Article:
Lauhala Weaving: Origins, Techniques, and Uses

The time-honored traditions of lauhala weaving serve as a profound inspiration for several of our products, most notably our men's Lae‘ahi Lauhala slipper, women’s Mi‘i slip-on, and Kāmola slide. In the Hawaiian language, "Lau" translates to "leaf," while "lau hala" specifically refers to the leaves of the Hala tree. Yet, the significance of this tree exceeds its leaves alone. Hawaiians harnessed the tree for various purposes, including its seeds to create paintbrushes and wood for constructing water pipes, posts, and calabashes. Additionally, the pollen of the sweet-smelling male Hala flower was used as a preservative for feathers and leis.


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Across many Polynesian cultures, lauhala demonstrated its universal utility, being weaved into everyday items such as trays, baskets, shade hats, skirts, loincloths, ceremonial bracelets, and anklets. Notably, Polynesian voyagers, understanding the material's strength and resilience, harnessed lauhala for sails during their journeys across the vast open ocean.


Today, the art of weaving lauhala stands as an enduring tradition imbued with profound reverence and cultural significance. Weavers not only bear the responsibility of carrying forward the craft but also of paying homage to its rich heritage and preserving lauhala weaving traditions. Each weaver carries their own distinctive impression, creating a unique style that manifests in the choice of patterns, the shades of lauhala, and the meticulous details within the weaving process.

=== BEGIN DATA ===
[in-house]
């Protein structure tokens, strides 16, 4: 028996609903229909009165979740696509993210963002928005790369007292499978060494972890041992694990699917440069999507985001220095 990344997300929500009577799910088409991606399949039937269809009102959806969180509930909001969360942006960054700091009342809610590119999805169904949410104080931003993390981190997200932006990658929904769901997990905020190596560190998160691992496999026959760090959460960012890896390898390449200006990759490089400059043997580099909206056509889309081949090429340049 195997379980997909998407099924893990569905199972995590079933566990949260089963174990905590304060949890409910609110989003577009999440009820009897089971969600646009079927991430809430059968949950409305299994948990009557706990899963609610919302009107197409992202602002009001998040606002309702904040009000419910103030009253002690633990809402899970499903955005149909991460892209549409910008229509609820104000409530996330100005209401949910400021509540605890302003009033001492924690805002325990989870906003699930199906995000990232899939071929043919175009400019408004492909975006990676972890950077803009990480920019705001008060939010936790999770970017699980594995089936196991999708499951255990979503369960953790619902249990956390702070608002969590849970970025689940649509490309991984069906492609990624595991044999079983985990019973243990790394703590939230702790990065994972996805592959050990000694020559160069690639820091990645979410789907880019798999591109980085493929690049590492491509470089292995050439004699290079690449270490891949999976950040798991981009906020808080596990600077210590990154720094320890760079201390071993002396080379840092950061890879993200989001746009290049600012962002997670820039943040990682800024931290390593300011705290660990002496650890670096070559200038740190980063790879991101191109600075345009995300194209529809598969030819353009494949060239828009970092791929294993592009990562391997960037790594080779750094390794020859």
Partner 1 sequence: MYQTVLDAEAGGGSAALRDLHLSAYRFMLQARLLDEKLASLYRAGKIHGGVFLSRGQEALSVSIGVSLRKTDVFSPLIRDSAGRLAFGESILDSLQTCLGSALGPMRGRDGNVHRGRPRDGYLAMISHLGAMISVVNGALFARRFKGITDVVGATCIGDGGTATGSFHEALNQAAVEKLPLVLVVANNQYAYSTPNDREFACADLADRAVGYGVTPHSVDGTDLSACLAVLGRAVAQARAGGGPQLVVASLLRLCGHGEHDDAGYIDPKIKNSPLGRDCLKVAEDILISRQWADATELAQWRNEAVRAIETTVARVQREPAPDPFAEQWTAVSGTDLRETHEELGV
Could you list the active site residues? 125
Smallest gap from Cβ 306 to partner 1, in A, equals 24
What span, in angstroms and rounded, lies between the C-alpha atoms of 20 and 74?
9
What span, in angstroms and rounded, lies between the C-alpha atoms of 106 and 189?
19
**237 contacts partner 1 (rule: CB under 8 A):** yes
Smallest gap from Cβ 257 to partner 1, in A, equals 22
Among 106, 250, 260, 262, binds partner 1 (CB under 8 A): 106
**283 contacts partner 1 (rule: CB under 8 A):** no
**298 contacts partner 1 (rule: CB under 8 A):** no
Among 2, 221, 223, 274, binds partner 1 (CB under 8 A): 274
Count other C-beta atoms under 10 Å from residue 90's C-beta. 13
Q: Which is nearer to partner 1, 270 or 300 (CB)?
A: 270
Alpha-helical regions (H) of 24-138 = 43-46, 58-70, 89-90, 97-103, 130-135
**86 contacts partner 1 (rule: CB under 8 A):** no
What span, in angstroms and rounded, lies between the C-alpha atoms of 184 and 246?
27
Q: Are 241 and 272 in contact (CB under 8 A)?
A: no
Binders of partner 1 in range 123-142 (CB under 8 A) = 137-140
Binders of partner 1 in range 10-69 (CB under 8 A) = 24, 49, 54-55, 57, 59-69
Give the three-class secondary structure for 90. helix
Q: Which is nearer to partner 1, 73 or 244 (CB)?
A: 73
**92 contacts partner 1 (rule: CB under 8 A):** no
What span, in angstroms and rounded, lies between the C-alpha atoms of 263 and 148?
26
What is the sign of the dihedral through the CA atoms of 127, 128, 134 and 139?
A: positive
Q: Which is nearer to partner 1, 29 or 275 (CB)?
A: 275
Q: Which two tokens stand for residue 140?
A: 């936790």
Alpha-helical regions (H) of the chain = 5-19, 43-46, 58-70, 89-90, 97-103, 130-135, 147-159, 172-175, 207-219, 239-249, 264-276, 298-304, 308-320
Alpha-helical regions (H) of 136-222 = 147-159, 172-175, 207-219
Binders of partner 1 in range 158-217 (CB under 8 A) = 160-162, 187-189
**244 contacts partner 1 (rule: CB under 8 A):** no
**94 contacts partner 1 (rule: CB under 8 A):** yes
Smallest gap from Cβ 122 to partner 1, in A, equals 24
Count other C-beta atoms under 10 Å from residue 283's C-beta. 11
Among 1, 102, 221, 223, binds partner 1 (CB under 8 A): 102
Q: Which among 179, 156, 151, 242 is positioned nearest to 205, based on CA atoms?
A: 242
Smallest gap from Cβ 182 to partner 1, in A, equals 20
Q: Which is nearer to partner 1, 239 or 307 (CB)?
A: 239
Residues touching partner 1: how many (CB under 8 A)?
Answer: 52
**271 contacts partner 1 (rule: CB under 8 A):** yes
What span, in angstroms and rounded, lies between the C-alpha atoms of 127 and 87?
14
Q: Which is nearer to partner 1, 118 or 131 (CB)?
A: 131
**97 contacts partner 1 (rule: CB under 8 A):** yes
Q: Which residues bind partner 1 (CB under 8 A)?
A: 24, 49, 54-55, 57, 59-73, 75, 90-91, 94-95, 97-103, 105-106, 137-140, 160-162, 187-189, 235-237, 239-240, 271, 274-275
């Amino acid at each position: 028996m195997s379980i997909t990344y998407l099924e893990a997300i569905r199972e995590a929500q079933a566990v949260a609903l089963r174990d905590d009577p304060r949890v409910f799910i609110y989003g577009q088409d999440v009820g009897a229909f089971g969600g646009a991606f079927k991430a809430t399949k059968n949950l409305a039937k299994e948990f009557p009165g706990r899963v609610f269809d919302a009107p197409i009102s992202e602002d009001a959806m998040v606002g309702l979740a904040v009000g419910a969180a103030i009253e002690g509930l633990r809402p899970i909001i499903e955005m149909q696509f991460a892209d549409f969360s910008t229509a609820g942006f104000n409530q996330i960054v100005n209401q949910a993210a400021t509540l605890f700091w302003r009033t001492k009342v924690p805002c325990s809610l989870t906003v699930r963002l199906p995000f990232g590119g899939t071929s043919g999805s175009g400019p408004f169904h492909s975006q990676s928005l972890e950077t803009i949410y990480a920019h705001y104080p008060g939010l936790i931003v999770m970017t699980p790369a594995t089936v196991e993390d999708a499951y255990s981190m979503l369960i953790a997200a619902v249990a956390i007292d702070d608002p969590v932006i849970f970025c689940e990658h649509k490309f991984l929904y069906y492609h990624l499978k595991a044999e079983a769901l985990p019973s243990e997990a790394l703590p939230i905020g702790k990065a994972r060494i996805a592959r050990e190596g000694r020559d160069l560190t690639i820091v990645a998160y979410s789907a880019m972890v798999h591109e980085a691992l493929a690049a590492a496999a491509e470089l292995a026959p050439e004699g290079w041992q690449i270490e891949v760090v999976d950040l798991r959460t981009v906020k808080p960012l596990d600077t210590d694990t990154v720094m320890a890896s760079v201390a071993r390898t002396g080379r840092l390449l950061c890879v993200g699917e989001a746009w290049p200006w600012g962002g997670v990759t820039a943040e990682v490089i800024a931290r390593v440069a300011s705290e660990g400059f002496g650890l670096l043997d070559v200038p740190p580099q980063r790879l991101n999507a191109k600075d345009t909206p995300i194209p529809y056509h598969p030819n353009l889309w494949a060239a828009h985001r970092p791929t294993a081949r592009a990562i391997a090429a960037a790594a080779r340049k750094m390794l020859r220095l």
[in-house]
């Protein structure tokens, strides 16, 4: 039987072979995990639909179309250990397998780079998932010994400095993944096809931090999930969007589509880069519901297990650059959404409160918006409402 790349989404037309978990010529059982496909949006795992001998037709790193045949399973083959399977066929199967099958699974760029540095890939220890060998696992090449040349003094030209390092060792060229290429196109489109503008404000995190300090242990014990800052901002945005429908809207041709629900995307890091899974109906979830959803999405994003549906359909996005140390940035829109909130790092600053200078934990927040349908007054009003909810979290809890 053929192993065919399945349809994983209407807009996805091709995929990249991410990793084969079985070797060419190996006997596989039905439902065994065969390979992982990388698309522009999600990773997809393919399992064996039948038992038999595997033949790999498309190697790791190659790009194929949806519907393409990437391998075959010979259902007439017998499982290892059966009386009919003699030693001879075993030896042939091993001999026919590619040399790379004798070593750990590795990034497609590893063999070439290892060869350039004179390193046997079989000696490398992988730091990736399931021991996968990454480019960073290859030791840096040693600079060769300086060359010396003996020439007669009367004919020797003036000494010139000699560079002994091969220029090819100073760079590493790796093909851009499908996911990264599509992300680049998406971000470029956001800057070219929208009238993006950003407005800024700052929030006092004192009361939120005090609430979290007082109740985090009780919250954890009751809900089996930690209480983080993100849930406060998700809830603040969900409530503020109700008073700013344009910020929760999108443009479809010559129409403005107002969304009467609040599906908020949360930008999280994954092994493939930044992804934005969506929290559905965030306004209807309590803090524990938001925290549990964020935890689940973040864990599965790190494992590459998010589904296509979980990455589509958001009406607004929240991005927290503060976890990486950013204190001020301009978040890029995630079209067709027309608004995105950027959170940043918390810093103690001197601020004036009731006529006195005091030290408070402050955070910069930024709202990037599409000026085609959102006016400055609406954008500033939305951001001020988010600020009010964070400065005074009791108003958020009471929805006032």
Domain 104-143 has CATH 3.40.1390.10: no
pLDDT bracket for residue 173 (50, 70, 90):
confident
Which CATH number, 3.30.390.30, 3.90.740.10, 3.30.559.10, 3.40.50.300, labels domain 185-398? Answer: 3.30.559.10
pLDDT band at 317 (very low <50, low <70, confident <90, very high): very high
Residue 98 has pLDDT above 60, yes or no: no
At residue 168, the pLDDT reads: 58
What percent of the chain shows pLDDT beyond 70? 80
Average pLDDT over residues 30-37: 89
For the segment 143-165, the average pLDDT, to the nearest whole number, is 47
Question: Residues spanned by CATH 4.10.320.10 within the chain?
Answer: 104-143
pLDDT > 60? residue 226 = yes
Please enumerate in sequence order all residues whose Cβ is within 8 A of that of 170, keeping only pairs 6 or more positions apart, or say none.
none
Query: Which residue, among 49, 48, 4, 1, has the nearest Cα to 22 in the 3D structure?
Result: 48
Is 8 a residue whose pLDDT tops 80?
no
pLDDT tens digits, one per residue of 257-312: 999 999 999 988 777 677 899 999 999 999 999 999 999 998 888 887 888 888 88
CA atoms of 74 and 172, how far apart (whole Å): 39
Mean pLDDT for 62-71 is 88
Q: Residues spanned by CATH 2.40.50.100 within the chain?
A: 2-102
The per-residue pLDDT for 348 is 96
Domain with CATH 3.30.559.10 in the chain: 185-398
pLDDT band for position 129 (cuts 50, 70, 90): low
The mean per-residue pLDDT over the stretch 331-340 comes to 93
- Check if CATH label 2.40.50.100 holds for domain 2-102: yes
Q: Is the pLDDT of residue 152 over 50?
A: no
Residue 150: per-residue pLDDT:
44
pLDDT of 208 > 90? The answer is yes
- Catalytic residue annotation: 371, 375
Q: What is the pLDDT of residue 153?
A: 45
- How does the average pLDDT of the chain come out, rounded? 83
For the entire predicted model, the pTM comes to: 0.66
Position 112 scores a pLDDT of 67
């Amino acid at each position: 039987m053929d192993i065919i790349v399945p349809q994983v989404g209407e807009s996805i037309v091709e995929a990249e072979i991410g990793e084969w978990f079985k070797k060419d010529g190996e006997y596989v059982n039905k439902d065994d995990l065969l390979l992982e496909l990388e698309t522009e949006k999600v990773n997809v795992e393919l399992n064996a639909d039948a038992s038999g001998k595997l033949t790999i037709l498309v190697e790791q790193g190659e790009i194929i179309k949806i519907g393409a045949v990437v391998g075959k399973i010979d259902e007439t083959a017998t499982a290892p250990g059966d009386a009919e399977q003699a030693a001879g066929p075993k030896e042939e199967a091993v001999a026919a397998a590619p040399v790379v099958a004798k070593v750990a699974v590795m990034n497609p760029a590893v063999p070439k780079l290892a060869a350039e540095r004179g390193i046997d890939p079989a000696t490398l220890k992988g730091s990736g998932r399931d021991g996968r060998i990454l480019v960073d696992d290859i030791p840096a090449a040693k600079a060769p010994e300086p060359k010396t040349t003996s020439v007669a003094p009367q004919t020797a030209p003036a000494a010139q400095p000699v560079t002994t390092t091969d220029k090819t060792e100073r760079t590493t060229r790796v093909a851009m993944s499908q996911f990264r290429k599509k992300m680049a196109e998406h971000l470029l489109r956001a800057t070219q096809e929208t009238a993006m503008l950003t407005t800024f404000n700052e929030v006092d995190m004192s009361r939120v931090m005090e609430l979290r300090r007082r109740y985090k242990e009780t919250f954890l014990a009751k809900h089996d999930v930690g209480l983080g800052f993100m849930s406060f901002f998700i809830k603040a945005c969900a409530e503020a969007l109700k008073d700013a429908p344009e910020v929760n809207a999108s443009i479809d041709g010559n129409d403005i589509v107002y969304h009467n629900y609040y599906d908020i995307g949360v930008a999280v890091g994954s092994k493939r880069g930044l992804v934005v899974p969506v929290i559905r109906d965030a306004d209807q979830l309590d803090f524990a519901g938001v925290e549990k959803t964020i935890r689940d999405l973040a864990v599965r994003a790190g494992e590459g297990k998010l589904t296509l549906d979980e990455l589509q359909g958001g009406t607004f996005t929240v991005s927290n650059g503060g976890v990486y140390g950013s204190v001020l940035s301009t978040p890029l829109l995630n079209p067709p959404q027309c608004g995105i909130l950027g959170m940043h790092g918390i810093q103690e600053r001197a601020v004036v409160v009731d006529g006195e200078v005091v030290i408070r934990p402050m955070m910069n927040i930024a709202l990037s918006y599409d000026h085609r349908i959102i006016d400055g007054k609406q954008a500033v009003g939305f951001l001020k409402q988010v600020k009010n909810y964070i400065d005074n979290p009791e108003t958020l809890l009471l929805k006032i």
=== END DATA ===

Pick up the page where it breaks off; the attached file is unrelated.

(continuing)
The process starts with the careful trimming of the lauhala's base, cutting a narrow tear along the leaf's edge, and removing the thorny edges of the leaf. Following this, a thorough cleaning occurs, with the lauhala wiped down to remove any dirt or potential insects. Next, the lauhala undergoes a cycle of flattening using a bamboo roller, one’s hand, or more contemporary specialized machines designed for the purpose of flattening. Once this phase is complete, the lauhala finds itself bundled within a kūkaʻa or rolled into a compact bundle, left undisturbed for a period ranging from a week to several months. This time-honored step serves to enhance the material's pliability and readiness for the weaving process. Finally, with the leaves now softened and prepared, they are ready to be cut and woven into the intricate patterns and designs we’ve come to know and love.



Although mastering the art of weaving lauhala requires a lot of time and dedication, a wealth of resources are available online. These encompass comprehensive video tutorials and techniques, informative guides with diverse patterns, and even classes facilitated by Kumu, who’ve gained knowledge over many years.


However, in the pursuit of crafting one's own lauhala creations, it is crucial to remain mindful of the profound significance and heritage inherent to this tradition. We've chosen to honor lauhala weaving by thoughtfully incorporating it into our men's Lae‘ahi Lauhala slipper, women's Mi‘i slip-on, and Kāmola slide as a sincere acknowledgment of this cherished practice.



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